Wednesday, 2 May 2012

Playing With The Pangolin: Upgrading To Ubuntu 12.04

Last night, I took the plunge and upgraded my Samsung NC10 netbook to Ubuntu 12.04 LTS, the "Precise Pangolin". Technically, this was a fresh install over the top of the pre-existing Ubuntu 11.04, rather than an upgrade of that older version, but I digress...

As is generally the case these days with Ubuntu, installation itself was a largely painless affair. The only wrinkle happened part-way through the initial sequence of dialogs that sets everything up for installation, where the netbook's trackpad was suddenly and mysteriously disabled. Fortunately, plugging in a USB mouse proved to be a suitable workaround, and the trackpad came back to life following the post-installation reboot. One cute addition to the installation procedure is the inclusion of a Twitter feed of happy customers tweeting their thanks to the Ubuntu devs (sadly - but perhaps understandably, given the potential for abuse - not a live feed).

So what's it like?

Overall, I'm impressed. It feels slicker and more polished than the 11.04 that I'm used to, as you would expect given the 12 months of work that the upgrade represents. Unity is maturing nicely (bar the issue discussed below) and lenses are becoming much more useful. The HUD, a last minute addition that allows keyboard-driven searching of menu options for the in-focus application, looks like it could be extremely handy for power users, who often favour the keyboard over the mouse. So far, I've encountered only one bug: a regression in the code for setting screen brightness. In 11.04 I could use key presses to increase or decrease brightness over a number of discrete steps, but now I get only maximum brightness or the two lowest settings. There's a PPA with a samsung-backlight package that might solve this.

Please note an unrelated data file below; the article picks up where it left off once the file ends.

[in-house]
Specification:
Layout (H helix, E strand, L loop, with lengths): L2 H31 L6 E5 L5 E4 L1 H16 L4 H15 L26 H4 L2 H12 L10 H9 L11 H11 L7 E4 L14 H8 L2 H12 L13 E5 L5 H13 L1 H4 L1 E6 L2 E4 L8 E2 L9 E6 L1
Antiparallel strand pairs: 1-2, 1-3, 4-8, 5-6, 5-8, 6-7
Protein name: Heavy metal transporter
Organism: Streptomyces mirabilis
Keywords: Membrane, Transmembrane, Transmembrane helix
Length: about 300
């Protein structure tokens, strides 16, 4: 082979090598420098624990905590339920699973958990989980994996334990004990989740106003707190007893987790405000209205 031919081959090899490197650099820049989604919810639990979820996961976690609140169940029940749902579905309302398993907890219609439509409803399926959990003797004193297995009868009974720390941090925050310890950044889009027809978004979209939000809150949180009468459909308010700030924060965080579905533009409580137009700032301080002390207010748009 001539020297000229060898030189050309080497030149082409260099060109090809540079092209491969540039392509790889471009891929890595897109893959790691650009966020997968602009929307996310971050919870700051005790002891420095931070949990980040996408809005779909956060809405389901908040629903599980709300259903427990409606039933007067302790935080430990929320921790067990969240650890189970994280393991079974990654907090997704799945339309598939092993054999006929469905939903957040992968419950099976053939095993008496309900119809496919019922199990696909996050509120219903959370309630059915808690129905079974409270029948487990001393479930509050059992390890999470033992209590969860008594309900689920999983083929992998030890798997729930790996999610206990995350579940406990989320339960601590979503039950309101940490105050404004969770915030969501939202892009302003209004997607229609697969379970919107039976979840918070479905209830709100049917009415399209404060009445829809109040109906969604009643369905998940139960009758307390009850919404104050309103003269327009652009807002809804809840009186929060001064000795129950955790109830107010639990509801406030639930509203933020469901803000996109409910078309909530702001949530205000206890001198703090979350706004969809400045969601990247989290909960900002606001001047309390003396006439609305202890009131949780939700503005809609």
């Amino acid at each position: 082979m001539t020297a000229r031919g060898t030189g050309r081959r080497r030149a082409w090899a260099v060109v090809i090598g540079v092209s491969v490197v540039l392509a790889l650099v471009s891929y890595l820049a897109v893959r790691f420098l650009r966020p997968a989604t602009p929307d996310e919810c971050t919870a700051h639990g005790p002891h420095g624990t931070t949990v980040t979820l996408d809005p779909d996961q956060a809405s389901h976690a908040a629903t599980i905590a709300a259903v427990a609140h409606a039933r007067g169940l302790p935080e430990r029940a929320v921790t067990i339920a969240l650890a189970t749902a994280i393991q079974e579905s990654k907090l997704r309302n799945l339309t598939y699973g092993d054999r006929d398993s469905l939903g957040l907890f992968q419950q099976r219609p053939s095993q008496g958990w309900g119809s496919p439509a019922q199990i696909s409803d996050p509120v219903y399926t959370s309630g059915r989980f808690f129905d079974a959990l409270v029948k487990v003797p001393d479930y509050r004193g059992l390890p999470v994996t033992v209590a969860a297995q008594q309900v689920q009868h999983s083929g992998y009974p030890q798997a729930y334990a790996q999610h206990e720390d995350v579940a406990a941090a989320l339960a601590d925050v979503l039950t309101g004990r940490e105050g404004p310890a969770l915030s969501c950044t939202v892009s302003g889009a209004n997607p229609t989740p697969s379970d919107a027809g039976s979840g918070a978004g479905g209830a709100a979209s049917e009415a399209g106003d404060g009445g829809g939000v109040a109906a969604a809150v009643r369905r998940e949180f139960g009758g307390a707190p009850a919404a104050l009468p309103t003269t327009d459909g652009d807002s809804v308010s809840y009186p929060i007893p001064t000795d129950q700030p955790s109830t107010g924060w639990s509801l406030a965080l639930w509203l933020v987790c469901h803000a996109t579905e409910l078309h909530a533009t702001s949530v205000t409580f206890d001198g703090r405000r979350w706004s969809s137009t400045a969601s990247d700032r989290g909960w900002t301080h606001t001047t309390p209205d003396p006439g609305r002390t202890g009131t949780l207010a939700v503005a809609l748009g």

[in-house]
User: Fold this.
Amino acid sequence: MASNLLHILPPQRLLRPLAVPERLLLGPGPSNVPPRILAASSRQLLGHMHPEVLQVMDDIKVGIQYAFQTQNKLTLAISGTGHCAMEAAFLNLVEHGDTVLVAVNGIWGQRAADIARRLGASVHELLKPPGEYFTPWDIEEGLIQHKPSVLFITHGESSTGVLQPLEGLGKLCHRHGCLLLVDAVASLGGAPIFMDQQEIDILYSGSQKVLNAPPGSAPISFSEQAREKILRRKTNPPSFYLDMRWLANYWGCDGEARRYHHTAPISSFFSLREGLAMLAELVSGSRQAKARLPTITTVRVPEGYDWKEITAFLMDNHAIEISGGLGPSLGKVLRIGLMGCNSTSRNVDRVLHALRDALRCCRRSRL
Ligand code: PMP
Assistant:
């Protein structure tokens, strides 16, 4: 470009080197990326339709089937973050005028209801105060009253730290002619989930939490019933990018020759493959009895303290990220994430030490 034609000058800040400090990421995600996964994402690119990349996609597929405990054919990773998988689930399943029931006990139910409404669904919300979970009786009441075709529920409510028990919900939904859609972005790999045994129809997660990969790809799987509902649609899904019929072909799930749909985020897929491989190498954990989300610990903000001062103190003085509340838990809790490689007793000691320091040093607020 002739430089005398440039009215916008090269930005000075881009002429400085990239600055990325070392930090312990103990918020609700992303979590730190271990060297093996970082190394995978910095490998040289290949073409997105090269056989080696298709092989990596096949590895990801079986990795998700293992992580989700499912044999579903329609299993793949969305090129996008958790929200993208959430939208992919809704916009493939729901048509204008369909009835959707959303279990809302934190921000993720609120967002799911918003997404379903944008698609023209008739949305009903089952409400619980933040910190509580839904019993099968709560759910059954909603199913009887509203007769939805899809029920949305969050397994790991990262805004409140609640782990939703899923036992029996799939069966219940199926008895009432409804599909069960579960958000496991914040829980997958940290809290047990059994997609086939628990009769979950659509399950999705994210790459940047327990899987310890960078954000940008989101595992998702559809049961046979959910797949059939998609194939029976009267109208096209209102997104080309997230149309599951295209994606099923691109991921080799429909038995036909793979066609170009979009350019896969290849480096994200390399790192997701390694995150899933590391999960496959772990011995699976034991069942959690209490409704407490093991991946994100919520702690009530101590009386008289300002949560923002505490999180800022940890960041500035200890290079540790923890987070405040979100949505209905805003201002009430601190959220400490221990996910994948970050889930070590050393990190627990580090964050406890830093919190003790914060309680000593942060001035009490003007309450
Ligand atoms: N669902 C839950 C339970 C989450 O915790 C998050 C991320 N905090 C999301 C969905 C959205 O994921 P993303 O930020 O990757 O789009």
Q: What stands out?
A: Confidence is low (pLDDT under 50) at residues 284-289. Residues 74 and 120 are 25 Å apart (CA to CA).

There is one fly in the ointment, though. In 11.04, the launcher would hide automatically and then slide into view when the pointer neared the left edge of screen. However, testing with novice users has revealed that this behaviour is confusing, so in 12.04 it has been removed entirely. Yes, that's right: removed entirely. Not made an option, with 'always visible' as the default, but removed entirely.

I find this really disappointing. I'm not a Unity hater - quite the opposite, in fact. And I'm not one of those people who dislikes change: when the buttons infamously moved from the top-right corner of windows to the top-left, I wasn't bothered in the slightest. And I take the point that Unity should not be confusing for newcomers; I'm all for simplicity. But this feature was very useful for those of us who own netbooks, where screen real-estate is a precious commodity. I've benefited from auto-hide for the past 12 months, but now find that I can no longer take advantage of it. My experience has degraded so that the experience of another category of user can improve.

It would be simple to solve this: just provide auto-hide as an option. Bury it deeply if you like, so that inexperienced users are unlikely to find it and enable the feature accidentally, but provide the option so that those of us who want it can have it.

I'm hoping there might be a change of heart on this, or that a suitable setting might find its way into one of the Unity tweaking apps that are out there. I don't really want to start messing around with a forked Unity if I can help it.

In the meantime, I'll shrink the launcher a little - not too much, or it will become difficult to see the various notifications associated with the buttons. And I'll run applications in Full Screen mode if they have that ability.


  1. Actually, the Unity launcher can be made to autohide - see the new "Behaviour" tab in the "Appearance" settings. The launcher appears either when you move the mouse to the left edge, or when it needs to wiggle an icon at you.

    However, I don't think there's any support for the "dodge" hiding. It's now either visible or hidden.

    1. D'oh! How did I miss that?

      A fair bit happier now - but I'll still like the option to enable the full behaviour, including the 'dodge'.